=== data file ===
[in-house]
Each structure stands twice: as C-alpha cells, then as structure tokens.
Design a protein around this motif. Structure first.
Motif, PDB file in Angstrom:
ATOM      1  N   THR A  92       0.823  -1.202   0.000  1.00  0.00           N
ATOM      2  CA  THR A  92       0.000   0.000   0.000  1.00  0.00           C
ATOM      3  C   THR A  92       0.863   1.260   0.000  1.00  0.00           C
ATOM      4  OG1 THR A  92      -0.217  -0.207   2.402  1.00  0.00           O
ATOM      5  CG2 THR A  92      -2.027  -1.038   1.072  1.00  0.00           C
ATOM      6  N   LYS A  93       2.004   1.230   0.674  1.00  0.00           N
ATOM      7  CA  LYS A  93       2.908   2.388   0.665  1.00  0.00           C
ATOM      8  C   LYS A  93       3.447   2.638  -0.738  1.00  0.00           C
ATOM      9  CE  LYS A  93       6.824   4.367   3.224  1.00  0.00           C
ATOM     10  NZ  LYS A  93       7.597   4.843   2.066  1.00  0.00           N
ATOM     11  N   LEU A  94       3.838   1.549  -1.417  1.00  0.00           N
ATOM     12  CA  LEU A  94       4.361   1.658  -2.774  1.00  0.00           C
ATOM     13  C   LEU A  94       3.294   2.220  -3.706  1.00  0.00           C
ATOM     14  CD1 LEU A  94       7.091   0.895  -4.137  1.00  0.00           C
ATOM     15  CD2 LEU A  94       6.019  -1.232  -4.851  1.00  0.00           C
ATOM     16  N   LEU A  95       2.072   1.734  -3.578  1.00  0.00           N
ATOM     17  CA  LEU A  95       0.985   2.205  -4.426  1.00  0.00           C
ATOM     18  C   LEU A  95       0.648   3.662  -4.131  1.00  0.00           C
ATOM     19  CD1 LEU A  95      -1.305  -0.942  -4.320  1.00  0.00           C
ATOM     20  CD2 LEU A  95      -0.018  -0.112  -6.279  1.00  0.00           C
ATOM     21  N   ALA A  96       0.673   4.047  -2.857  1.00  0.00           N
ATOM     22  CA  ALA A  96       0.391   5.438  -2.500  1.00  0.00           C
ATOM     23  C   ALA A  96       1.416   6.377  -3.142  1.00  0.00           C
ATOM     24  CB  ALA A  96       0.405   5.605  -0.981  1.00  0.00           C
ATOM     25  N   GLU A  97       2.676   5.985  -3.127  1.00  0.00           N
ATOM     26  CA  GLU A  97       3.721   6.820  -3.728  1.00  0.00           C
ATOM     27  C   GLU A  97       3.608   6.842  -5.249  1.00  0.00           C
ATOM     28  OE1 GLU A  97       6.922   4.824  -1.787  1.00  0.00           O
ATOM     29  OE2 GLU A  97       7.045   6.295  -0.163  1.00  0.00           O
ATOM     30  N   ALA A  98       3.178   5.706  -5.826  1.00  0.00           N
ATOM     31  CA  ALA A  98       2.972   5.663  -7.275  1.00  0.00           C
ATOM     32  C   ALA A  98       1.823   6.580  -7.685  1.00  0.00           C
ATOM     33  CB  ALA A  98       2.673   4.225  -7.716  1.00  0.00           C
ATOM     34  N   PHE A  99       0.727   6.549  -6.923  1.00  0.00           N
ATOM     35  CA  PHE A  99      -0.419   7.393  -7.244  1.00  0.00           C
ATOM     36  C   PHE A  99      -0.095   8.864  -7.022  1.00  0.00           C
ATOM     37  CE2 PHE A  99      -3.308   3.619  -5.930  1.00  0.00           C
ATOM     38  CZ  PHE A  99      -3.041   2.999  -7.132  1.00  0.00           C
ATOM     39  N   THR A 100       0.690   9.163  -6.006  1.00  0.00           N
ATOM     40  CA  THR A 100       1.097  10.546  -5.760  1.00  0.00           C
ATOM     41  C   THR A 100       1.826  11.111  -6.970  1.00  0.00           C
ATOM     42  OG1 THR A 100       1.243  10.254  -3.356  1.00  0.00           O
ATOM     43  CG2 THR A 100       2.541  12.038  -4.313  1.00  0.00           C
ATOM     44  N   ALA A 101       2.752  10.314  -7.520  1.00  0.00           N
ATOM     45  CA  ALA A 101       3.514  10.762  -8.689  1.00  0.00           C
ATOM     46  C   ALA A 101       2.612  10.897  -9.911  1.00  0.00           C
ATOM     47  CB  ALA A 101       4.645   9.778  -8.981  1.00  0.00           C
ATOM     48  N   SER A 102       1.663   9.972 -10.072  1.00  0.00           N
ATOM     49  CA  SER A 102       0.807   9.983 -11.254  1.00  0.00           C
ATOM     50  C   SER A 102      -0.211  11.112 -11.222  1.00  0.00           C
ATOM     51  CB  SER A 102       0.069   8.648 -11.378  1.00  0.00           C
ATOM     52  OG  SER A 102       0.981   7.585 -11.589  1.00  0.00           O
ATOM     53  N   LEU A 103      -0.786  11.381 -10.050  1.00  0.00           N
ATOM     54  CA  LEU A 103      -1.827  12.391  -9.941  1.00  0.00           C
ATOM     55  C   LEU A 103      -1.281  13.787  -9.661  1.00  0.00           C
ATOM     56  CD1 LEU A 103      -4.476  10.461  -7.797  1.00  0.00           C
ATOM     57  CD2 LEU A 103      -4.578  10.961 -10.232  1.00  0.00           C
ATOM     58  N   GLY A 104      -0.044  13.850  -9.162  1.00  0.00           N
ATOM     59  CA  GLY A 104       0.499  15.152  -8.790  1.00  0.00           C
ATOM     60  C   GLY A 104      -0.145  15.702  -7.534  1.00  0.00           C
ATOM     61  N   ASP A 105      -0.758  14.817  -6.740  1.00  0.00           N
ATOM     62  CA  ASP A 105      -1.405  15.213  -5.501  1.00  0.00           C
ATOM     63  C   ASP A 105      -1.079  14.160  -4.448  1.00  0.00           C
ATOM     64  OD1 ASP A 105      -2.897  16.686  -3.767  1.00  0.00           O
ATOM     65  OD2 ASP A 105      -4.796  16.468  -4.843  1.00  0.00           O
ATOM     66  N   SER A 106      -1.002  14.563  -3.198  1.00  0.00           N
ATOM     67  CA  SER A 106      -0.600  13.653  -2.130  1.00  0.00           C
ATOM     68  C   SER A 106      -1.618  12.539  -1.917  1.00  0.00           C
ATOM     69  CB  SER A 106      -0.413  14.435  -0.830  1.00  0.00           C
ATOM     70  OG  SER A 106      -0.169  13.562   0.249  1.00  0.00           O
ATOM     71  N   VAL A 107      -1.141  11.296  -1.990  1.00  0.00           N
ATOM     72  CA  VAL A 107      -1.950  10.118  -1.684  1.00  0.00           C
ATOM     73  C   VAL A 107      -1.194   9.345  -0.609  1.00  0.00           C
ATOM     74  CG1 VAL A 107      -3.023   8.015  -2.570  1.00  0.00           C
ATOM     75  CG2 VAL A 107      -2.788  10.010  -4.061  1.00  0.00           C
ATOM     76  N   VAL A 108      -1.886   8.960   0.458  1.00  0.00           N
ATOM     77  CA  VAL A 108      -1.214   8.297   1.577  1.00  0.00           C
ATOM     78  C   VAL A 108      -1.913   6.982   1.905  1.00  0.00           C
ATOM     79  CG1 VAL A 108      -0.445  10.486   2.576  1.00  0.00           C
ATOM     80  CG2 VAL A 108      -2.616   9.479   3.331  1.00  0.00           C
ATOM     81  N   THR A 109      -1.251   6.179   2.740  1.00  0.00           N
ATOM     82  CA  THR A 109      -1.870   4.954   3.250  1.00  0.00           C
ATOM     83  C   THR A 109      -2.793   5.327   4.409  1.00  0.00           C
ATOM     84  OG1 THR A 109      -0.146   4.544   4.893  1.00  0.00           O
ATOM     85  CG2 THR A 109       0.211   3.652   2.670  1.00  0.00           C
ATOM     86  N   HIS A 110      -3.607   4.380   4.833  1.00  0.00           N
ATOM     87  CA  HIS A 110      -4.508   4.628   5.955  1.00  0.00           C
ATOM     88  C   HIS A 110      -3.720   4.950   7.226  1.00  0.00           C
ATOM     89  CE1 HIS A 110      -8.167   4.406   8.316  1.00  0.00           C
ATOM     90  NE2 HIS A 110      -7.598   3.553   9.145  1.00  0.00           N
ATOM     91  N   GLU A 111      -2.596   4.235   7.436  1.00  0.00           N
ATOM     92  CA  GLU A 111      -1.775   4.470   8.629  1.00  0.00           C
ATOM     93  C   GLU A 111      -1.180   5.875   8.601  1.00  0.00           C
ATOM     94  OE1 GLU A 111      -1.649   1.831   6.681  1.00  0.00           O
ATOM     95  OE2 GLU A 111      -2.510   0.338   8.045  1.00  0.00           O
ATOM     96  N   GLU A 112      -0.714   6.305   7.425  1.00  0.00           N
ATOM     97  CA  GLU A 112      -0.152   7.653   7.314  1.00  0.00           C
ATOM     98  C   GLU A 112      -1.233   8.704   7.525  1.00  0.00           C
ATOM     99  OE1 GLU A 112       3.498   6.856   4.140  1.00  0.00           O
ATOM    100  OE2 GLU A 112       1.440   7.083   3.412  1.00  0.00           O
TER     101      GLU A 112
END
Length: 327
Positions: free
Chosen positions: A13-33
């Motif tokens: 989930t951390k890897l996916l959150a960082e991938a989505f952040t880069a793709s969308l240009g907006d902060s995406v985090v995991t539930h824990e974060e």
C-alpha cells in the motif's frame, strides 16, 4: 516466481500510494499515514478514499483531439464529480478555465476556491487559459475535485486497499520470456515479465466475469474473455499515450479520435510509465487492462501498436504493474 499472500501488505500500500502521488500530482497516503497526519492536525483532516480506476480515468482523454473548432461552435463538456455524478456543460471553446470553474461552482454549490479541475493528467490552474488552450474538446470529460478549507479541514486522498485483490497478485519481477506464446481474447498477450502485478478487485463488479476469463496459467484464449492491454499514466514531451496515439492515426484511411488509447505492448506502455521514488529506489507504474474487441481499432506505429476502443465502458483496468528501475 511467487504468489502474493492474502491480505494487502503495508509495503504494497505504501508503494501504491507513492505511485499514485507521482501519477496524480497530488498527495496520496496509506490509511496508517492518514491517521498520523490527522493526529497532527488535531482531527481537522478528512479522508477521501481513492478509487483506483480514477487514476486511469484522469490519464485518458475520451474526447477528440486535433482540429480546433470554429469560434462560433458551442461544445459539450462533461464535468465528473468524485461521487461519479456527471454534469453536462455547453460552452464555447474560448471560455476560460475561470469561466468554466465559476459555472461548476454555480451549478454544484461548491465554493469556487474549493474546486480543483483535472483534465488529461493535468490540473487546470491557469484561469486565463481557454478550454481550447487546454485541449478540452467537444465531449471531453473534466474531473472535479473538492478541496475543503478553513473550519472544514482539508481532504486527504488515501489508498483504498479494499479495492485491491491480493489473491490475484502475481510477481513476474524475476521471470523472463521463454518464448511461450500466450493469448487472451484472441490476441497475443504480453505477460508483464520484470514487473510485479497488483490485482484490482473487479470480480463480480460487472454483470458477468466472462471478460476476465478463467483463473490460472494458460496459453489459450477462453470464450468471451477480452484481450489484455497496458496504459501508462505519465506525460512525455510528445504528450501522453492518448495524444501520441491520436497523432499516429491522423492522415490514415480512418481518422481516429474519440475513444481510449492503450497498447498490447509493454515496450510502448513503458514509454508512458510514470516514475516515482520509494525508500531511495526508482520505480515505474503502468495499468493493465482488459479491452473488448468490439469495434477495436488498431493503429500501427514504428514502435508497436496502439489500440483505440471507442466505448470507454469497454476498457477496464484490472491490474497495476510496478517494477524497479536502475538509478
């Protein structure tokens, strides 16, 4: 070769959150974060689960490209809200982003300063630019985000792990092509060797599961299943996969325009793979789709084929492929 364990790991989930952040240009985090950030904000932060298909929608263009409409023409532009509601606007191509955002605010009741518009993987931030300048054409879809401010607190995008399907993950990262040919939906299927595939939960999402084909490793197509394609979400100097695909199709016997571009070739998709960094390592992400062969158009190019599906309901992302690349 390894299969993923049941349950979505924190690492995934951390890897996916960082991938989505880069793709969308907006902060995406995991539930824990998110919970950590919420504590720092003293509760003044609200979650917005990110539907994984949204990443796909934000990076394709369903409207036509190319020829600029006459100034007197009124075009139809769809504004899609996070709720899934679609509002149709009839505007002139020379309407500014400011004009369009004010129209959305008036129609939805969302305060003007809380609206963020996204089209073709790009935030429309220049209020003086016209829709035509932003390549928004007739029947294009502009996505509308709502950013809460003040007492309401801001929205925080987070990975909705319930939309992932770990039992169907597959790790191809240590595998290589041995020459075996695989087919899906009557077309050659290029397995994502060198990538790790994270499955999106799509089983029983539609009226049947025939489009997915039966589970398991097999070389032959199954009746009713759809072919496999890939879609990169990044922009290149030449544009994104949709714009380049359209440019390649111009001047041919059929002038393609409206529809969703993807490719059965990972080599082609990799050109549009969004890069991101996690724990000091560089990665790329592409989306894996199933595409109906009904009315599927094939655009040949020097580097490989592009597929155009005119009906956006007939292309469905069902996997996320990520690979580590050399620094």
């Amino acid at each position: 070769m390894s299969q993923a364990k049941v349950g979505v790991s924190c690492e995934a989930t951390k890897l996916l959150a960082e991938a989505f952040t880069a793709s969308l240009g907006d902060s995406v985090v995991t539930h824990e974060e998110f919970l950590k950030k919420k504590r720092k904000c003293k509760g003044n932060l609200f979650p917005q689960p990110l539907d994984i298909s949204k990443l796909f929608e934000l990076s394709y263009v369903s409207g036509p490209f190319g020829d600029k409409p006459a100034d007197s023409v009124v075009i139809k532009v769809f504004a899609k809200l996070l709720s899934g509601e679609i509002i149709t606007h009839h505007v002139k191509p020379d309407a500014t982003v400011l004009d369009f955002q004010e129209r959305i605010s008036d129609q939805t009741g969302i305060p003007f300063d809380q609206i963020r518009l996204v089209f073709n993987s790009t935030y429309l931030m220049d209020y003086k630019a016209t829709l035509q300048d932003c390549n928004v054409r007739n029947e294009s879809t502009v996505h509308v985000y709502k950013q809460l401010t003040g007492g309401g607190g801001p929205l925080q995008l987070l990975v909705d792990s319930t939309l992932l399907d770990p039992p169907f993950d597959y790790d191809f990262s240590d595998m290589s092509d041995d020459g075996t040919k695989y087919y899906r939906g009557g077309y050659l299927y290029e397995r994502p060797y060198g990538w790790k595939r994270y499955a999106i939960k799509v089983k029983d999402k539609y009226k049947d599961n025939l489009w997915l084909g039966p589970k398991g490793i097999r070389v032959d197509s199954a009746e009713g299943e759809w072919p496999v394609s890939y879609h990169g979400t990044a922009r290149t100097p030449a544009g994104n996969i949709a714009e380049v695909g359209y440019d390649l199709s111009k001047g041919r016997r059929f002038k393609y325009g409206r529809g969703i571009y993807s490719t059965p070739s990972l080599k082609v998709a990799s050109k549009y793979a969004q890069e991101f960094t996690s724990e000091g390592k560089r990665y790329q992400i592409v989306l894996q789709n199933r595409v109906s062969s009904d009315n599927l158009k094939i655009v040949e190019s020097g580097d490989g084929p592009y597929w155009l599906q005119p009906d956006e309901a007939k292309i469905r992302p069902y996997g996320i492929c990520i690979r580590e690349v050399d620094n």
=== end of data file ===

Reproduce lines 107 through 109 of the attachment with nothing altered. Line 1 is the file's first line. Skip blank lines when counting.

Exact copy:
Length: 327
Positions: free
Chosen positions: A13-33